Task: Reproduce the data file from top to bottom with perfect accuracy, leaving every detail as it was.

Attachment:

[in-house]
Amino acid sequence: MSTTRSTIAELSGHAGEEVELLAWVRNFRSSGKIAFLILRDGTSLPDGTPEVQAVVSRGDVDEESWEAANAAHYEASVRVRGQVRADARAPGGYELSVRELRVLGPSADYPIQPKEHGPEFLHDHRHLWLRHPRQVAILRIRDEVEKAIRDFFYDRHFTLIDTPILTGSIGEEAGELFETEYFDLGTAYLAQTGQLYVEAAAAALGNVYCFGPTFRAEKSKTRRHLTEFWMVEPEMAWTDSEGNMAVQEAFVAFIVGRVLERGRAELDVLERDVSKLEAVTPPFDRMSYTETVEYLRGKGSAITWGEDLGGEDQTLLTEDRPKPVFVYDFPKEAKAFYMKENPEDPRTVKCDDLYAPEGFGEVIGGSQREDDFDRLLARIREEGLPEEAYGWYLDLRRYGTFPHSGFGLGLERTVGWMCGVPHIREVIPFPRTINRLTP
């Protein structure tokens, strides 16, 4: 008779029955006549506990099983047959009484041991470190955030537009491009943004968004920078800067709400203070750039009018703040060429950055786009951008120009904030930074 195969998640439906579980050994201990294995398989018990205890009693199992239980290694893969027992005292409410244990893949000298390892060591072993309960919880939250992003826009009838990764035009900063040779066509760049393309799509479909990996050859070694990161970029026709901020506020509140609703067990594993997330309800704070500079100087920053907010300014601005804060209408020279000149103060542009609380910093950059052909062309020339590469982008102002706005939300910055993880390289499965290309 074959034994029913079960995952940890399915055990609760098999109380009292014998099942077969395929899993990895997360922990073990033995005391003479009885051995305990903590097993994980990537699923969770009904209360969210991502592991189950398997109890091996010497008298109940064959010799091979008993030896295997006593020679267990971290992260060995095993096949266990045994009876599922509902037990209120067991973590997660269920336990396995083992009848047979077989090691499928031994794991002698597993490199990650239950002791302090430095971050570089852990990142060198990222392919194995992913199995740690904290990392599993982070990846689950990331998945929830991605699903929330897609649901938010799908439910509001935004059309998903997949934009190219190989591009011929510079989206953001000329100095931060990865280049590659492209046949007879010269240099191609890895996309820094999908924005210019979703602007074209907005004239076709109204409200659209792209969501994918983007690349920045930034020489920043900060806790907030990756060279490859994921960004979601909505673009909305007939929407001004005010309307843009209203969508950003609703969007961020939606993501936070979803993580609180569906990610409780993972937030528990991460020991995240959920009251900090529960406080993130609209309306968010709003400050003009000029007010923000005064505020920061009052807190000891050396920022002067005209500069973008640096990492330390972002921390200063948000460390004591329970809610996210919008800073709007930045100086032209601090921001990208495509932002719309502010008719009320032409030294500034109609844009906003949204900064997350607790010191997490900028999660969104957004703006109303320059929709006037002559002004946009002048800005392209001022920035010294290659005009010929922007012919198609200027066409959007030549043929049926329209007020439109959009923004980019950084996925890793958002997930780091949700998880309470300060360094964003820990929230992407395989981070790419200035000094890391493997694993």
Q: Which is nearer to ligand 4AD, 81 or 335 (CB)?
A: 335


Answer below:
[in-house]
Amino acid sequence: MSTTRSTIAELSGHAGEEVELLAWVRNFRSSGKIAFLILRDGTSLPDGTPEVQAVVSRGDVDEESWEAANAAHYEASVRVRGQVRADARAPGGYELSVRELRVLGPSADYPIQPKEHGPEFLHDHRHLWLRHPRQVAILRIRDEVEKAIRDFFYDRHFTLIDTPILTGSIGEEAGELFETEYFDLGTAYLAQTGQLYVEAAAAALGNVYCFGPTFRAEKSKTRRHLTEFWMVEPEMAWTDSEGNMAVQEAFVAFIVGRVLERGRAELDVLERDVSKLEAVTPPFDRMSYTETVEYLRGKGSAITWGEDLGGEDQTLLTEDRPKPVFVYDFPKEAKAFYMKENPEDPRTVKCDDLYAPEGFGEVIGGSQREDDFDRLLARIREEGLPEEAYGWYLDLRRYGTFPHSGFGLGLERTVGWMCGVPHIREVIPFPRTINRLTP
């Protein structure tokens, strides 16, 4: 008779029955006549506990099983047959009484041991470190955030537009491009943004968004920078800067709400203070750039009018703040060429950055786009951008120009904030930074 195969998640439906579980050994201990294995398989018990205890009693199992239980290694893969027992005292409410244990893949000298390892060591072993309960919880939250992003826009009838990764035009900063040779066509760049393309799509479909990996050859070694990161970029026709901020506020509140609703067990594993997330309800704070500079100087920053907010300014601005804060209408020279000149103060542009609380910093950059052909062309020339590469982008102002706005939300910055993880390289499965290309 074959034994029913079960995952940890399915055990609760098999109380009292014998099942077969395929899993990895997360922990073990033995005391003479009885051995305990903590097993994980990537699923969770009904209360969210991502592991189950398997109890091996010497008298109940064959010799091979008993030896295997006593020679267990971290992260060995095993096949266990045994009876599922509902037990209120067991973590997660269920336990396995083992009848047979077989090691499928031994794991002698597993490199990650239950002791302090430095971050570089852990990142060198990222392919194995992913199995740690904290990392599993982070990846689950990331998945929830991605699903929330897609649901938010799908439910509001935004059309998903997949934009190219190989591009011929510079989206953001000329100095931060990865280049590659492209046949007879010269240099191609890895996309820094999908924005210019979703602007074209907005004239076709109204409200659209792209969501994918983007690349920045930034020489920043900060806790907030990756060279490859994921960004979601909505673009909305007939929407001004005010309307843009209203969508950003609703969007961020939606993501936070979803993580609180569906990610409780993972937030528990991460020991995240959920009251900090529960406080993130609209309306968010709003400050003009000029007010923000005064505020920061009052807190000891050396920022002067005209500069973008640096990492330390972002921390200063948000460390004591329970809610996210919008800073709007930045100086032209601090921001990208495509932002719309502010008719009320032409030294500034109609844009906003949204900064997350607790010191997490900028999660969104957004703006109303320059929709006037002559002004946009002048800005392209001022920035010294290659005009010929922007012919198609200027066409959007030549043929049926329209007020439109959009923004980019950084996925890793958002997930780091949700998880309470300060360094964003820990929230992407395989981070790419200035000094890391493997694993």
Q: Which is nearer to ligand 4AD, 81 or 335 (CB)?
A: 335